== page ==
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Oregon Officials Consider Delaying Implementation of New Cannabis Industry Rules

Many cannabis businesses are not yet ready to comply with Oregon’s new testing, packaging, and labeling rules and are asking officials to extend the implementation of the new regime for at least 30 days, The Oregonian reports. The new rules are set to take effect on Oct. 1.

During a meeting with legislators on the joint committee that oversees the rules, Amy Margolis, a lawyer representing the Oregon Cannabis Association, said the extension is “crucial for the survival of many, many businesses.”

The committee members seem open to an extension. Sen. Floyd Prozanski said he supports a 90-day extension, and moving the deadline to the end of the year offers a “clear break point” for the industry. He said the state had failed to get enough labs online to test products before they would be put on dispensary shelves.

“We have actually in good faith tried to get everything together and we know it didn’t come together,” he said in the report.

Cameron Yee, owner of Lunchbox Alchemy, a Bend-based edible and extract maker, said he was forced to throw out $8,000 worth of packaging that didn’t meet the state requirements; and was forced to halt production and lay off 10 people due to delays in the approval process.

“It’s a disaster,” he said in the report. “We are trying. We are not going to make it by Oct. 1. We are not going to have product on the shelf.”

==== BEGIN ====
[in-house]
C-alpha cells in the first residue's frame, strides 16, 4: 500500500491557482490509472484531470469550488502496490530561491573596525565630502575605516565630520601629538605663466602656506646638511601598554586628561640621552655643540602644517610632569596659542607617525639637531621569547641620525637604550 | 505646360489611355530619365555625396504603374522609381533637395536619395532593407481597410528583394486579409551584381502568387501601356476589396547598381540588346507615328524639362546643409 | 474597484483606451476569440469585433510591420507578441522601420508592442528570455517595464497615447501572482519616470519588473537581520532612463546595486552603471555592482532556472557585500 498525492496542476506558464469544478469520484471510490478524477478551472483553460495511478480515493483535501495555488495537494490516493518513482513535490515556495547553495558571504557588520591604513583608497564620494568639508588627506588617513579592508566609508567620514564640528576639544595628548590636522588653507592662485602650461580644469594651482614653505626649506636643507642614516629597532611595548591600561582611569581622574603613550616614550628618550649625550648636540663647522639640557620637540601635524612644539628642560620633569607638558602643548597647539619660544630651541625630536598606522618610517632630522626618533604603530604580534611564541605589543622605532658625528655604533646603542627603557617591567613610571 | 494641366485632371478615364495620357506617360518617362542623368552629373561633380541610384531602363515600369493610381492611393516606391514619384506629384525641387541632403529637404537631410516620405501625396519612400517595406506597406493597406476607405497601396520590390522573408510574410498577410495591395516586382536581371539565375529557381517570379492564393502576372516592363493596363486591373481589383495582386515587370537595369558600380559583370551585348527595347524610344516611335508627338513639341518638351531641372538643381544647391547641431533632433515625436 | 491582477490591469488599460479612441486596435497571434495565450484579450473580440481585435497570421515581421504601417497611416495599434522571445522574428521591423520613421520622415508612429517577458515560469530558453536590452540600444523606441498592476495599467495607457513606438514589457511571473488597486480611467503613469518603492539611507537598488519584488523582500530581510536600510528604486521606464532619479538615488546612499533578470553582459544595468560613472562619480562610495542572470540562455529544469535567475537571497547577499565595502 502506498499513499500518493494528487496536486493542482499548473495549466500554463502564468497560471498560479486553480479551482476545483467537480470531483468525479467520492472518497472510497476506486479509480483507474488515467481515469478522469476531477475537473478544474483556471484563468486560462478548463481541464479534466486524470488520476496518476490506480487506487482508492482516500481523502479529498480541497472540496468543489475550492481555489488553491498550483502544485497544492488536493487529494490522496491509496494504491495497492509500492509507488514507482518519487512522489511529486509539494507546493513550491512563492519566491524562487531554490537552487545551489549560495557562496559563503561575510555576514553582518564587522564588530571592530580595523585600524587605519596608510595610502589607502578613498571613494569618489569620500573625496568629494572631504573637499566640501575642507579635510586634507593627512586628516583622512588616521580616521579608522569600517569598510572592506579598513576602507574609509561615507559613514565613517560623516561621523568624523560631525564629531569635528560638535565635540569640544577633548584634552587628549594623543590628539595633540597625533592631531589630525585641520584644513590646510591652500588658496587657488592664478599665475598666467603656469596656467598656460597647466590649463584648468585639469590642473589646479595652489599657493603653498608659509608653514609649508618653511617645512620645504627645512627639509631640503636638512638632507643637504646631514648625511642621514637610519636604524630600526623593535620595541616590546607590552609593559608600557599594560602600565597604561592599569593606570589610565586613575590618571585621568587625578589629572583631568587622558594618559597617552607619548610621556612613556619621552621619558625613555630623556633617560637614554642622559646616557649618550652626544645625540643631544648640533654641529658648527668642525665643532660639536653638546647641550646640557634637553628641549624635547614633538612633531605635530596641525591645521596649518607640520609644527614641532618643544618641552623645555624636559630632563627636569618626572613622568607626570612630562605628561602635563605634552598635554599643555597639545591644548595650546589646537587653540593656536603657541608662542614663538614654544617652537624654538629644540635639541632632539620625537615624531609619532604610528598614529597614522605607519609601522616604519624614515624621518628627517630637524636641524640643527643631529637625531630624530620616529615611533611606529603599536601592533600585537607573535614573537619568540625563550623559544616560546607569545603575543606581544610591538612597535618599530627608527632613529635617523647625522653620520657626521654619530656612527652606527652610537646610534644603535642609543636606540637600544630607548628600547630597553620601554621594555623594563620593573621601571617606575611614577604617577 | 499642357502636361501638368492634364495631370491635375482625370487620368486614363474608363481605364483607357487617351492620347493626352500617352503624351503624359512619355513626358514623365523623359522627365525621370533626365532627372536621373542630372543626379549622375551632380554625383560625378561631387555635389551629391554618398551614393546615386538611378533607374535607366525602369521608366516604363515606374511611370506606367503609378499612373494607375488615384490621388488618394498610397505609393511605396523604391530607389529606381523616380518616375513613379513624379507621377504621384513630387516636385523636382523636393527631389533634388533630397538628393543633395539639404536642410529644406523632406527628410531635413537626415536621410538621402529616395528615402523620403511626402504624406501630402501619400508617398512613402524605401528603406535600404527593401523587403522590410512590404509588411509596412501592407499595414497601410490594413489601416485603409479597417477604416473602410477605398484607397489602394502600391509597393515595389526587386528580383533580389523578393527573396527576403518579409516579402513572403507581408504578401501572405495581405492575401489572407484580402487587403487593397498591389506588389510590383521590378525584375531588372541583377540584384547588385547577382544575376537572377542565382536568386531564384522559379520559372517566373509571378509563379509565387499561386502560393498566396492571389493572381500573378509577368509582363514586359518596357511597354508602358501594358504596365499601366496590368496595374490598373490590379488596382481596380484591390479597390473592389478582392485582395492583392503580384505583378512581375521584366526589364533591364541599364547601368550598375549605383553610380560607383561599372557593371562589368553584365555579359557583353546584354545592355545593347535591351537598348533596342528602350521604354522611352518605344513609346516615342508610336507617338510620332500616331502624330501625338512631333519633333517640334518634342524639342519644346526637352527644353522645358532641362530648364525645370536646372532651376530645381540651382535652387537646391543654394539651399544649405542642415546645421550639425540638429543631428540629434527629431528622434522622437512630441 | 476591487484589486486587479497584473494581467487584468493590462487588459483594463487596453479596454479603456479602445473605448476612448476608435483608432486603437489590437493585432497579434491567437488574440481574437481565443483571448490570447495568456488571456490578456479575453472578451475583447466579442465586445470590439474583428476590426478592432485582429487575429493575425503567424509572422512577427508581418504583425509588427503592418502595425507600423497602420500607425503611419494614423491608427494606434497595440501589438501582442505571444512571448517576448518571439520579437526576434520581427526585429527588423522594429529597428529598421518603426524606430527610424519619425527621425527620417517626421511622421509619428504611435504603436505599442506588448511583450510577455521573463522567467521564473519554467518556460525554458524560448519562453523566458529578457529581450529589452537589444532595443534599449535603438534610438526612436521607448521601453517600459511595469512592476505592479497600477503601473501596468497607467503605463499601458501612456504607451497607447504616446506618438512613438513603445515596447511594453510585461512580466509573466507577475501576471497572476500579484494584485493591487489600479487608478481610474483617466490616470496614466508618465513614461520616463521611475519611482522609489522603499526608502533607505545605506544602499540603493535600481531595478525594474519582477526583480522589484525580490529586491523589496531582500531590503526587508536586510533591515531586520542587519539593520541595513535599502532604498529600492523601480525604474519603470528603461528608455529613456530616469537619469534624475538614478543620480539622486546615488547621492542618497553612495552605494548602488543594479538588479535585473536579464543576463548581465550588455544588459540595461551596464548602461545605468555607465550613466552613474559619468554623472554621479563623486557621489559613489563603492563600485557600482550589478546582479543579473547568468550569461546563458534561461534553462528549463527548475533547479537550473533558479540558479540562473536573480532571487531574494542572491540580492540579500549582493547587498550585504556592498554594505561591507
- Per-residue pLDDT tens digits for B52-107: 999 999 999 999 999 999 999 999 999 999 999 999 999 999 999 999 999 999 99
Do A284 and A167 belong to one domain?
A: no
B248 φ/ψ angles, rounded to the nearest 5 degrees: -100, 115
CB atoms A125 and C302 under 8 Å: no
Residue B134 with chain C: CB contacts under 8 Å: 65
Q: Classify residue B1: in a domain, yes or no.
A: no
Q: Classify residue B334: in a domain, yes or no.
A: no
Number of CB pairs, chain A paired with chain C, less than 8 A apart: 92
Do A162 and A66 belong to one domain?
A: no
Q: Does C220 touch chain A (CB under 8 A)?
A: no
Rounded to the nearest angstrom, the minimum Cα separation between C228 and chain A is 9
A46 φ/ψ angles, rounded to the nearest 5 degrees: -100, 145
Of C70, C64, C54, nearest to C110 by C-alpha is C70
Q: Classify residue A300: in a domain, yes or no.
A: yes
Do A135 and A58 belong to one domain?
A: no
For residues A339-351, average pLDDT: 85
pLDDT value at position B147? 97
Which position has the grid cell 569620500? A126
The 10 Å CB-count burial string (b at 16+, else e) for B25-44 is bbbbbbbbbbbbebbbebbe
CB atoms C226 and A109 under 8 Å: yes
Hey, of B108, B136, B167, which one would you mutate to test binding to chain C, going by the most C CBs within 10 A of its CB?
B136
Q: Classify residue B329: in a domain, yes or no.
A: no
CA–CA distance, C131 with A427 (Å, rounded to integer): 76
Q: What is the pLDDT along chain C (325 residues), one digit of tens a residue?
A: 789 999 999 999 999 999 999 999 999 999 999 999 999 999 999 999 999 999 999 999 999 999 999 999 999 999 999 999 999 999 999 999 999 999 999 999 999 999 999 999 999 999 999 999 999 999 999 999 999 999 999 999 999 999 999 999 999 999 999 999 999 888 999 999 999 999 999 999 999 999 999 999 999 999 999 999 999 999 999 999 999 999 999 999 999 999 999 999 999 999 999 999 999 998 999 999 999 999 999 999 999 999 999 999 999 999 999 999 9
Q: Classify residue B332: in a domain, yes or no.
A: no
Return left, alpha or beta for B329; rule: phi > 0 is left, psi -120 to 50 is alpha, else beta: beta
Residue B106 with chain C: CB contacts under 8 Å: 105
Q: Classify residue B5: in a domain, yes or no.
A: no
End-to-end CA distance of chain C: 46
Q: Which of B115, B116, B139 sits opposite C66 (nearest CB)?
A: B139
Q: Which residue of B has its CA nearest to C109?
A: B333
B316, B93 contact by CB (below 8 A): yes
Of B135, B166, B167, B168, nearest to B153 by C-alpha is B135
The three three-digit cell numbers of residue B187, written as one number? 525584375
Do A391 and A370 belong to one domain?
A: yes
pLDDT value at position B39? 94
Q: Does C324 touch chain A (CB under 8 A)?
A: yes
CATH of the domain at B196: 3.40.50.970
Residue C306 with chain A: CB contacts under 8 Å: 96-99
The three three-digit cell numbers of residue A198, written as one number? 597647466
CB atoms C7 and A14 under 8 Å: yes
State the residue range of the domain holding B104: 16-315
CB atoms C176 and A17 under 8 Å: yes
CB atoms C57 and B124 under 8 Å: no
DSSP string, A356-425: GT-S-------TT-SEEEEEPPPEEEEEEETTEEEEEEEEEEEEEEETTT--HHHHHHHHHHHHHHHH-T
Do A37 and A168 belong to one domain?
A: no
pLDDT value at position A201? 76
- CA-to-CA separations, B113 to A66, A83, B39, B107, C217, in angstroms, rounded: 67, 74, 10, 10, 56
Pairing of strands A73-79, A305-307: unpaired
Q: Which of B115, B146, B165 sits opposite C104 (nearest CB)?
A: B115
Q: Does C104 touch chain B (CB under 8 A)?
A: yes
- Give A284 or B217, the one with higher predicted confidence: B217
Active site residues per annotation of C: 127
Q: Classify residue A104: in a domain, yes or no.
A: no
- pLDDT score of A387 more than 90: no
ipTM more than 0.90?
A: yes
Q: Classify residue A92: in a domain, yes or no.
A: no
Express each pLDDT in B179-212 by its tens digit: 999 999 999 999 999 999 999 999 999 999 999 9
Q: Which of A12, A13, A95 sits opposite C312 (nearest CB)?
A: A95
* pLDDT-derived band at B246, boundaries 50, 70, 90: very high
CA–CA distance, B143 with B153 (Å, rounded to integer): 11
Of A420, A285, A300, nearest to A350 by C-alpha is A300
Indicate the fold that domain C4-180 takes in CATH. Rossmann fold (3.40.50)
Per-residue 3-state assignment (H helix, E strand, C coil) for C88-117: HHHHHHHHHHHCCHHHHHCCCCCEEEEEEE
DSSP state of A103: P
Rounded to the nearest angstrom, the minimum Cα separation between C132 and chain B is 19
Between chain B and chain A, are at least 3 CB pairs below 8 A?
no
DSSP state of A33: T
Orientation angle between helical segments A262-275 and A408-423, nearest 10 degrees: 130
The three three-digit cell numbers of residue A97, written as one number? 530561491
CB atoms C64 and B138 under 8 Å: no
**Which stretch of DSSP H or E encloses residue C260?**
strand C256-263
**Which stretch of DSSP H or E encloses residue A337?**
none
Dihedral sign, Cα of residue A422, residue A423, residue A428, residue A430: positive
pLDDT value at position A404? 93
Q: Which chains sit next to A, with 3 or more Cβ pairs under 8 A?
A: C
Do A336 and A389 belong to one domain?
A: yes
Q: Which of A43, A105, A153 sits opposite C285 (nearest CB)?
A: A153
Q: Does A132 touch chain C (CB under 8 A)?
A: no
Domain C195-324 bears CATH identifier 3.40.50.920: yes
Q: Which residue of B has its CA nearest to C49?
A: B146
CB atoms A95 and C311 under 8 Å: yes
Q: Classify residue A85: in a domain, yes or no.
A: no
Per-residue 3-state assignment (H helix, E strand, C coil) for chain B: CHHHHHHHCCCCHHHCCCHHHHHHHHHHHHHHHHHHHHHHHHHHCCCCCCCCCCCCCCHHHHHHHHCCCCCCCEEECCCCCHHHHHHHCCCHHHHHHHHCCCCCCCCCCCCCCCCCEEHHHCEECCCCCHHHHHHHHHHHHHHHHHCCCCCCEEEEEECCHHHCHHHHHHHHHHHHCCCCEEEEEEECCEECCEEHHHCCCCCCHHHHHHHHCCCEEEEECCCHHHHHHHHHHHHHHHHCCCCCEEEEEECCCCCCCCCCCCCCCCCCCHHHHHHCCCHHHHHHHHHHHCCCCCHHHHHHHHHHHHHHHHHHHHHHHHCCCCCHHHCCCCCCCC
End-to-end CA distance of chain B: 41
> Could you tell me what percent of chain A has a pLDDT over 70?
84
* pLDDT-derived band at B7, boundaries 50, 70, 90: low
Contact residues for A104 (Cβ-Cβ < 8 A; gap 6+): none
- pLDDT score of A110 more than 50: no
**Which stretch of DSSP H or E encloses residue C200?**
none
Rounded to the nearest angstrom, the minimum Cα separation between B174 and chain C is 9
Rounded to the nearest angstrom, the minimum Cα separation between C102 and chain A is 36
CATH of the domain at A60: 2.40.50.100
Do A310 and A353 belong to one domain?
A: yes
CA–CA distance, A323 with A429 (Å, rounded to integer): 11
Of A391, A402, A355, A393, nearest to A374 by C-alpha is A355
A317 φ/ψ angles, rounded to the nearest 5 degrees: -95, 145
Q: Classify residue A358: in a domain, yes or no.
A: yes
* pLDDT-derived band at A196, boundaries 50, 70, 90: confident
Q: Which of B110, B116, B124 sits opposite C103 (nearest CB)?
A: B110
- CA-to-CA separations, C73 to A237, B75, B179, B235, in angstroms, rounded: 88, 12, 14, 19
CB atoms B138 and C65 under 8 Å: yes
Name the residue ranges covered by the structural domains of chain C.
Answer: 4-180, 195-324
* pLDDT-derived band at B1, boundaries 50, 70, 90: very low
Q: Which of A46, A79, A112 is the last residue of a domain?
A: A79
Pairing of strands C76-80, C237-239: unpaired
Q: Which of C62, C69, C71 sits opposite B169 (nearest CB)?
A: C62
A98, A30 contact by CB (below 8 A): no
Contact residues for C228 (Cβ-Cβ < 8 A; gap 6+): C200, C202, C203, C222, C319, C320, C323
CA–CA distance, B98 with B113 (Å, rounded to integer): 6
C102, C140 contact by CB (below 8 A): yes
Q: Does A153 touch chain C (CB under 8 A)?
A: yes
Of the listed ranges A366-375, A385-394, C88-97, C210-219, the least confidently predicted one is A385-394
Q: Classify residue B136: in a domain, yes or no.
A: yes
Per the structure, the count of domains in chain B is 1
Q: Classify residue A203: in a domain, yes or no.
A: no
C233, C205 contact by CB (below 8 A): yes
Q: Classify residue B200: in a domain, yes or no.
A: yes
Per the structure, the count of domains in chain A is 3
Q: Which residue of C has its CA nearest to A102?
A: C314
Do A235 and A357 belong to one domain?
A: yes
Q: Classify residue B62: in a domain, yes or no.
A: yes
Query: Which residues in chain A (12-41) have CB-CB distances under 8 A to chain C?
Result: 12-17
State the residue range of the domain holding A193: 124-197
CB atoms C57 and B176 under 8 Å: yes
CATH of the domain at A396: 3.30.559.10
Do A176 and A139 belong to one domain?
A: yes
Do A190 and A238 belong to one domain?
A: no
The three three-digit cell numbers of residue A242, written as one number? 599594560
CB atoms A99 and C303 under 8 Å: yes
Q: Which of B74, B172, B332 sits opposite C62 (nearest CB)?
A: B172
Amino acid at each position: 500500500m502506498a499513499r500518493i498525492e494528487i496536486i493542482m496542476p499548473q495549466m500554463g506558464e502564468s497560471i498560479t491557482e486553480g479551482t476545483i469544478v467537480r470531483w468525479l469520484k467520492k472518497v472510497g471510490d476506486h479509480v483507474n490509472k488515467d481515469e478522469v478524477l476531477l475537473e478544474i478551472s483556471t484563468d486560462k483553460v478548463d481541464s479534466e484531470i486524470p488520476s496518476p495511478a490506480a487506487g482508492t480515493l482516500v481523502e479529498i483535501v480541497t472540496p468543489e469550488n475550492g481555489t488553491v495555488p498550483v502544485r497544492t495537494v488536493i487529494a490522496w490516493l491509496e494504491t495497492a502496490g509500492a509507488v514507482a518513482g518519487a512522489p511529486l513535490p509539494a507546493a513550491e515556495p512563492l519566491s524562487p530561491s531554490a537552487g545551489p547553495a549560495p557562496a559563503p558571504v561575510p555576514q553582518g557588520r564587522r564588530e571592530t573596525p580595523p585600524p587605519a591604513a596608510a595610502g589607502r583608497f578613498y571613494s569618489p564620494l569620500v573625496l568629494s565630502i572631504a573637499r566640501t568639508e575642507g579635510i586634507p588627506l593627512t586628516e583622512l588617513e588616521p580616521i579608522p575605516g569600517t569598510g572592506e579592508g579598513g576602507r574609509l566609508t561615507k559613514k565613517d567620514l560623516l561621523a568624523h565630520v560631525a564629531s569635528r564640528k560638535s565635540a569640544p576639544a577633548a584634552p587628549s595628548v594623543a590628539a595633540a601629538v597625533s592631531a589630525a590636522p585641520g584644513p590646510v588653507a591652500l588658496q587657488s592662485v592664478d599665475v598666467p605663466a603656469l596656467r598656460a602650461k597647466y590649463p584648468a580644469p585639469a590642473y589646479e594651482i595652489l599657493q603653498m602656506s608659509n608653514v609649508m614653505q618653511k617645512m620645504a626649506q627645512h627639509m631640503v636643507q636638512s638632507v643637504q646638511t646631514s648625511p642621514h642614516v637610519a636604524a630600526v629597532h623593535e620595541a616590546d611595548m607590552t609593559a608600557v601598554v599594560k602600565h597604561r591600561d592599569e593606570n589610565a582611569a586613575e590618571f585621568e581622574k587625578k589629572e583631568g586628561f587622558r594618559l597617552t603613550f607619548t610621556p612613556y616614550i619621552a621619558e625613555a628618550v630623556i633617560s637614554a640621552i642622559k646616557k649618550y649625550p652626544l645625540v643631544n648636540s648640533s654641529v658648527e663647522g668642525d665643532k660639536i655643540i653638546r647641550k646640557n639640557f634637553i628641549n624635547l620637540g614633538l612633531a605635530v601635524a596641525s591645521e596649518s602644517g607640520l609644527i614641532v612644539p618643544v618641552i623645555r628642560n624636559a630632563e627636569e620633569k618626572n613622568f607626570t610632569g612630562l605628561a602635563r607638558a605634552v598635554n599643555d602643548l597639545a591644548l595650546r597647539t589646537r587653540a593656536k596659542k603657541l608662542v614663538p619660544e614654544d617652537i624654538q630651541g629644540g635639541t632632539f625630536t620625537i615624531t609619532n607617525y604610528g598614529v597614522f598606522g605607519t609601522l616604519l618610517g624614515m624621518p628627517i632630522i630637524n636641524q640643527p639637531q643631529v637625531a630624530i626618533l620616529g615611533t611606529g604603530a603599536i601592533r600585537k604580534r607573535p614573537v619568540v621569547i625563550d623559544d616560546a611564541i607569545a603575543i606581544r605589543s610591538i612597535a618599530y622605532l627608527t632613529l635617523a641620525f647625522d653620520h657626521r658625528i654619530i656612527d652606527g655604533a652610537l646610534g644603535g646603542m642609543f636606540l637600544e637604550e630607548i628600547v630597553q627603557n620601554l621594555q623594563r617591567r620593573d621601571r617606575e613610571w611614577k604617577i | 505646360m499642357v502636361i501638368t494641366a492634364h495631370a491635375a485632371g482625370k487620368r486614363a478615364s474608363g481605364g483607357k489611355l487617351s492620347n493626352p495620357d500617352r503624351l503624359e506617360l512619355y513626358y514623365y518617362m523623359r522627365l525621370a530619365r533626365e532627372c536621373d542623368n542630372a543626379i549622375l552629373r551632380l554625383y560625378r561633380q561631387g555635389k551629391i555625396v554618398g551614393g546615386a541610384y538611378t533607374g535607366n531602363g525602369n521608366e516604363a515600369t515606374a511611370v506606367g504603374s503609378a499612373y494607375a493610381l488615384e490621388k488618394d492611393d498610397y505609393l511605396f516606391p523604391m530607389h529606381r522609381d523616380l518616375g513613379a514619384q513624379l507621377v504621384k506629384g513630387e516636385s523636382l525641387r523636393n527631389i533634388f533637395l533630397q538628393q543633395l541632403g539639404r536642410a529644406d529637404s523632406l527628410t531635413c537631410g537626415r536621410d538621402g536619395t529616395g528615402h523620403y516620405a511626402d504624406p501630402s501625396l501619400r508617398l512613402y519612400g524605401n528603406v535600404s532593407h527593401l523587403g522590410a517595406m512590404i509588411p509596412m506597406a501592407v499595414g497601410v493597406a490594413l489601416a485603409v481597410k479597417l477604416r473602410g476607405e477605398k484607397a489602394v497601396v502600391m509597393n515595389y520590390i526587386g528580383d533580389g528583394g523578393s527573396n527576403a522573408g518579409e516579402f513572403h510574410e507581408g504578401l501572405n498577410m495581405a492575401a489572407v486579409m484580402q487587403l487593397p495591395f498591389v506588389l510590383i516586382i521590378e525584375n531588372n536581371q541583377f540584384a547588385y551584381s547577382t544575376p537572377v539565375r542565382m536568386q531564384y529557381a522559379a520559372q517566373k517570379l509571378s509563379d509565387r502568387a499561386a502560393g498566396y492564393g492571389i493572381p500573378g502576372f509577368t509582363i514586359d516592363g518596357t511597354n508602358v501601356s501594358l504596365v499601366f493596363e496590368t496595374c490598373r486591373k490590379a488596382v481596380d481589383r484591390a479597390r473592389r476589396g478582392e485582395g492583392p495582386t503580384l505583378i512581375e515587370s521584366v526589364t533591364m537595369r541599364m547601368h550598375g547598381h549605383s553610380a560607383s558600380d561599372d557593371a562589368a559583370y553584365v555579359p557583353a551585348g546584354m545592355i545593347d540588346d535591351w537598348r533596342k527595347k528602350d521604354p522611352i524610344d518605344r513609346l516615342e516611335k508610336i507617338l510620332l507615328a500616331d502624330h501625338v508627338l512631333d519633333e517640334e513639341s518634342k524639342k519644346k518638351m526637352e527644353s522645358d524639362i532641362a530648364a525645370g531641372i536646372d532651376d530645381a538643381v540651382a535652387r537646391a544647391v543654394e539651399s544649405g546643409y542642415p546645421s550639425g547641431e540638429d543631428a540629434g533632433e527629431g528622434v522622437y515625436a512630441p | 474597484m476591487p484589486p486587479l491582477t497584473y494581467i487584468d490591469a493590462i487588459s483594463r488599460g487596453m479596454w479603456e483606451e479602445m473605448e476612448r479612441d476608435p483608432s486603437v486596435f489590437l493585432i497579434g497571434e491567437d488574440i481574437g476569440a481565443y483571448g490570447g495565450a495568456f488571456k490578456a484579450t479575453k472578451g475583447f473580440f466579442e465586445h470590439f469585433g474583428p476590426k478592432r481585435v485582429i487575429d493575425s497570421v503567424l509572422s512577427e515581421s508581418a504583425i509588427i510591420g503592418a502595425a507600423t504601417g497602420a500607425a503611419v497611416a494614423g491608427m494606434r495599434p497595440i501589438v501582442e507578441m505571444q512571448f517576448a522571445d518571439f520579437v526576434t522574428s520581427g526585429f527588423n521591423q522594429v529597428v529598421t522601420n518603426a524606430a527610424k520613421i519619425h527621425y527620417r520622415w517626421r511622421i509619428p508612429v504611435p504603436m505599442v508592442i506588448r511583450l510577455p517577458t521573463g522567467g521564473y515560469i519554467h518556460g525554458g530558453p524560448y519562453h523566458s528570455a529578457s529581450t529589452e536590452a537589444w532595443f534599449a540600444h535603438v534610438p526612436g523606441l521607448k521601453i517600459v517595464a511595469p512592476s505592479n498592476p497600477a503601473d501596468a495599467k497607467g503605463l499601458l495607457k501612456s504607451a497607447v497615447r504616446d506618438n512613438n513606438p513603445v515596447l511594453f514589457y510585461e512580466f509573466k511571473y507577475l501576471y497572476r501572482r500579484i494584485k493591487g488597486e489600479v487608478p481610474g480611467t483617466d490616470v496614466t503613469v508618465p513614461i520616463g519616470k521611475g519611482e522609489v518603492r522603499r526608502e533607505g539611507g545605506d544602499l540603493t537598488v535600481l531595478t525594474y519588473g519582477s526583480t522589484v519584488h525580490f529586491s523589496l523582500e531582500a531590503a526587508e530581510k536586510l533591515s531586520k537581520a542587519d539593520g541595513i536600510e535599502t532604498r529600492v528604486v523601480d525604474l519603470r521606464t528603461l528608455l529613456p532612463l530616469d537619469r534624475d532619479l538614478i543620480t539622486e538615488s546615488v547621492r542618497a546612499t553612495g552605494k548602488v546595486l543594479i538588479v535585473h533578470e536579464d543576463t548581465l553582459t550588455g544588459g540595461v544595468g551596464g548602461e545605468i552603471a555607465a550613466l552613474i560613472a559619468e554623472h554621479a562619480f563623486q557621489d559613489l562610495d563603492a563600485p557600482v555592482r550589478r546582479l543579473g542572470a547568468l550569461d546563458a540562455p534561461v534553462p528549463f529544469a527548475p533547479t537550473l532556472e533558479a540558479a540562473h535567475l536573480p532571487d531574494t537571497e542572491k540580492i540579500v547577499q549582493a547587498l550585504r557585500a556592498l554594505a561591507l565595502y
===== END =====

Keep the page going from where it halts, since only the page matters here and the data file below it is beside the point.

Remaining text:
However, some lab owners — who have invested tens of thousands of dollars in their laboratories — are fighting the extension. Anthony Smith, Evio Labs chief science officer, called the potential delay a move right out of the Big Tobacco playbook.

“…Like hey, you need to move the rules so we can continue our unregulated commerce of a potentially dangerous product,” he said.

Smith argues that if the rules are delayed it would allow producers to continue bringing their products to labs that are not yet up to the new state standards — “exactly the opposite of what Oregon wants from all this.”

“We can’t compete with them,” he said. “This will take the good labs and wipe them off the earth and the nefarious, unqualified labs will completely control the market.”

Longtime industry activist and dispensary owner Don Morse said more delays will “embolden the industry to procrastinate.”

“The time has come where it is incumbent on us to step up and do what needs to be done, to launch the recreational system in a meaningful way,” he said.

According to a spokesman for the Oregon Health Authority, “no decisions have been made” regarding an extension.

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